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Content modeling: Making future-ready content possible

Good news, y’all: after two months of research and writing and endless editing, I’m still excited about the future of content.

Even better, I’ve been talking with tons of smart internetters about the topic—and they’ve all got incredibly interesting things to say. What might surprise you, though, is that these interviews keep returning to the same topic: content modeling—the process of creating “micro” architectures that together form a piece of content.

If you trained as an information architect or technical writer, content modeling may seem far from futuristic to you—I mean, we’ve been modeling content for years, right? It’s got a whole chapter in the Polar Bear Book.

So no, it’s not new. It’s not trendy. But with our new challenge of getting content prepared for an endless number of places, I think content modeling needs a hard second look—especially by the folks who are closest to the content itself.

Here’s why. Just a few years back, content modeling was typically designed to drive contextual navigation—to create meaningful connections between information, allowing you to do things like systematically link the byline on an article to that writer’s bio page, or show all articles by an author. That need hasn’t gone away (and so many sites still haven’t mastered this), but there’s now a lot more that content modeling can give us.

Whether you’re talking about personalized content, responsive design, or using an API to get your content on multiple apps, sites, and channels, your content’s structure—and which sorts of structure it has—is what either limits or extends your ability to repurpose that content and make rules about where and when it should appear.

Today, I thought I’d share some of the tidbits I’ve gleaned from these interviews, with the hope of getting you as excited about content modeling as I am.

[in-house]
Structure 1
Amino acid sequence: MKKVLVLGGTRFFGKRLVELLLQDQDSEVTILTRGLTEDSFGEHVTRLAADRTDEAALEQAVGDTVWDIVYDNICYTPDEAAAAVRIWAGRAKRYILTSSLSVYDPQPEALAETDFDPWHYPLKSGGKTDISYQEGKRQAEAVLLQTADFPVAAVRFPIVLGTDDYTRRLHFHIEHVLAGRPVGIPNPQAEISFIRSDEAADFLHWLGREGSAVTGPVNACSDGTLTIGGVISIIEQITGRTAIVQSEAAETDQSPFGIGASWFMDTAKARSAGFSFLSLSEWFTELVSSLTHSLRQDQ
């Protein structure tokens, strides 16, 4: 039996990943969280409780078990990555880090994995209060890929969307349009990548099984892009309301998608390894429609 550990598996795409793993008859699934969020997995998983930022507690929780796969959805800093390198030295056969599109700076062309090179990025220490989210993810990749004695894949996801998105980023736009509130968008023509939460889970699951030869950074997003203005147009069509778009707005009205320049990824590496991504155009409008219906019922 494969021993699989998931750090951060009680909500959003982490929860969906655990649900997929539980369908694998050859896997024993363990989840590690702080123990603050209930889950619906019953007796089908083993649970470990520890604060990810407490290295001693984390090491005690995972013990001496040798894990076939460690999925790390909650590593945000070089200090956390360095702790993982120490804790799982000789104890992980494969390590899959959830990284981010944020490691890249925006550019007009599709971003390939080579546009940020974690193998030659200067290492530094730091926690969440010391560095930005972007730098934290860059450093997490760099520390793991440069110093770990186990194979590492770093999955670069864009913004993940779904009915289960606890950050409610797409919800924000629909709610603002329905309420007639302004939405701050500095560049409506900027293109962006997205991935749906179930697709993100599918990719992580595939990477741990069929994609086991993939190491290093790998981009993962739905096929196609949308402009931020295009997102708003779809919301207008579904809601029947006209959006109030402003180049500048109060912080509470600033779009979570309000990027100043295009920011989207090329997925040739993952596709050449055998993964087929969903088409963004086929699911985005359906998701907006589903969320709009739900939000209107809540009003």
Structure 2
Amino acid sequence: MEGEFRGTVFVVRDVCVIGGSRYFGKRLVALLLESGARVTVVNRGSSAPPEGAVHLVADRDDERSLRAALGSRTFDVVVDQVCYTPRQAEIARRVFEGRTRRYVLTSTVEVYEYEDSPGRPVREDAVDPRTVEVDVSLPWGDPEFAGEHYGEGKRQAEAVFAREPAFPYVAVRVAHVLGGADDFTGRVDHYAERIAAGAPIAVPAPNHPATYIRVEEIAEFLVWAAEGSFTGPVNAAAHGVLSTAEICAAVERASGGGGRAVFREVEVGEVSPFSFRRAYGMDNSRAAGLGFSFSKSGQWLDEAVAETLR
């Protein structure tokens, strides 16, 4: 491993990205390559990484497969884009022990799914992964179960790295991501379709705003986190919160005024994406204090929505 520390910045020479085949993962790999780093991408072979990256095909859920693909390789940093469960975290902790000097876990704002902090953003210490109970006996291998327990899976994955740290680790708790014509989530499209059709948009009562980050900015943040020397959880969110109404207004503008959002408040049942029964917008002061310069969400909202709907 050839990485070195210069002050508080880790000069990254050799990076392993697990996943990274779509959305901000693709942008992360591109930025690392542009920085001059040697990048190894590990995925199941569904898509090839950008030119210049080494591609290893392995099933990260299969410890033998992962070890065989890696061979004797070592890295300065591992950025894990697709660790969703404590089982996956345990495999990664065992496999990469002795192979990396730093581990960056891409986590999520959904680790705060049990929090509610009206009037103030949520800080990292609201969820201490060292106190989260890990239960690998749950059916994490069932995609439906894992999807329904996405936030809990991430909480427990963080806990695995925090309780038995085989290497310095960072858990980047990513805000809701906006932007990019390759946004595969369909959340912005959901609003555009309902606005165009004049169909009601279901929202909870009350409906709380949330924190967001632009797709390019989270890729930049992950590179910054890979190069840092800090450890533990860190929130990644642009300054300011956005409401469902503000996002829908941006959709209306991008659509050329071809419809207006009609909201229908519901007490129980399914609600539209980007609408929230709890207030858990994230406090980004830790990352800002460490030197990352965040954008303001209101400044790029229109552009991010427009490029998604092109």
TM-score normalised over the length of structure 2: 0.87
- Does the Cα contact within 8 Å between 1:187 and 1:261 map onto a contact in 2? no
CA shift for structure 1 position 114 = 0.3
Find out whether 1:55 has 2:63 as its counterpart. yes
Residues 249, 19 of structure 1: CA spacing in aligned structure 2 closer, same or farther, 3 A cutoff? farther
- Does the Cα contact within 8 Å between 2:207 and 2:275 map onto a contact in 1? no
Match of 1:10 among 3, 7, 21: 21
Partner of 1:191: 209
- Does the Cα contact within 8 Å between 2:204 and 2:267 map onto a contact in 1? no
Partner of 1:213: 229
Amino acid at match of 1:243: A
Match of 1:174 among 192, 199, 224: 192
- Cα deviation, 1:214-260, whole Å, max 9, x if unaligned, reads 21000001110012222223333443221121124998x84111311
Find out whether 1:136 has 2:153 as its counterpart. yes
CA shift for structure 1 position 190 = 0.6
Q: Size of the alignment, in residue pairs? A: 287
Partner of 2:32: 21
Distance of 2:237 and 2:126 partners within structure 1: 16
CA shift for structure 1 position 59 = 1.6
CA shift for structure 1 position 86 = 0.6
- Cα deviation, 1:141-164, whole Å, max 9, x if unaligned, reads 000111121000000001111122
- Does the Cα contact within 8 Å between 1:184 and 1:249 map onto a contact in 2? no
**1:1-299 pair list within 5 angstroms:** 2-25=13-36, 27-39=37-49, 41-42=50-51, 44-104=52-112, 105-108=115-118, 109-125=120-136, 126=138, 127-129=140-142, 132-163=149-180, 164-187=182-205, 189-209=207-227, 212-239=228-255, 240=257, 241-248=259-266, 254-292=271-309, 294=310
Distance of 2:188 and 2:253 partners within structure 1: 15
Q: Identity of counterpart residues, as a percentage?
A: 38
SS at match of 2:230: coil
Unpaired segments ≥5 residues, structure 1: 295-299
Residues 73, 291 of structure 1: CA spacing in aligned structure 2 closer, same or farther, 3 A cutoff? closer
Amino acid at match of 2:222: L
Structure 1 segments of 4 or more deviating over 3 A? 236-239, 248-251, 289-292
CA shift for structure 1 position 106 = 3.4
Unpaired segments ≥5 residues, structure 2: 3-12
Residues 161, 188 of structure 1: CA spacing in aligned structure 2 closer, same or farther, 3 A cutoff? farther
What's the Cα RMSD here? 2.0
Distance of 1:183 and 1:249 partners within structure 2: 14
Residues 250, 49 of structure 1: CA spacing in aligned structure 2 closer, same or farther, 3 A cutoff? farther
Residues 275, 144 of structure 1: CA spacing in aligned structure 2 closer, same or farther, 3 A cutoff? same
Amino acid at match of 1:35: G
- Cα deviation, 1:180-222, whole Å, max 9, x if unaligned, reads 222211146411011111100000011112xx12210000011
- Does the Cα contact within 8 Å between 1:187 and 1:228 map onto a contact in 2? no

Whose job is content modeling?

Should content modeling be done by an IA? A content strategist? The CMS integration specialist? The database developer?

A content model is ultimately a data model—something that’ll end up needing to be implemented in a relational database—but that doesn’t mean it ought to start with the technical team. Instead, content models are the strongest and most useful when they map back to the content itself:

“I’ve always seen it as a role of the people who are most involved with the content. I know it bridges across—it bridges into information architecture, to the perspective of how we structure and retrieve content; it bridges user interface design because it’s not enough to chunk up the content, we have to know what we’re doing with that content… But someone has to truly understand the content, the customer, the device, the metadata.”

Ann Rockley, CEO of the Rockley Group and author of Managing Enterprise Content

What should be included in a content model?

Well, that depends on what you want the content to do now (we need content chunks A and B to flip below C for small screens), what you might want it to do in the future (content chunks A and B will be available on web-enabled toasters, but C won’t make any sense there), and how much time and resources you can afford to spend on both:

“Modeling content is a never-ending battle between flexibility and complexity. The most complex model is the most flexible.”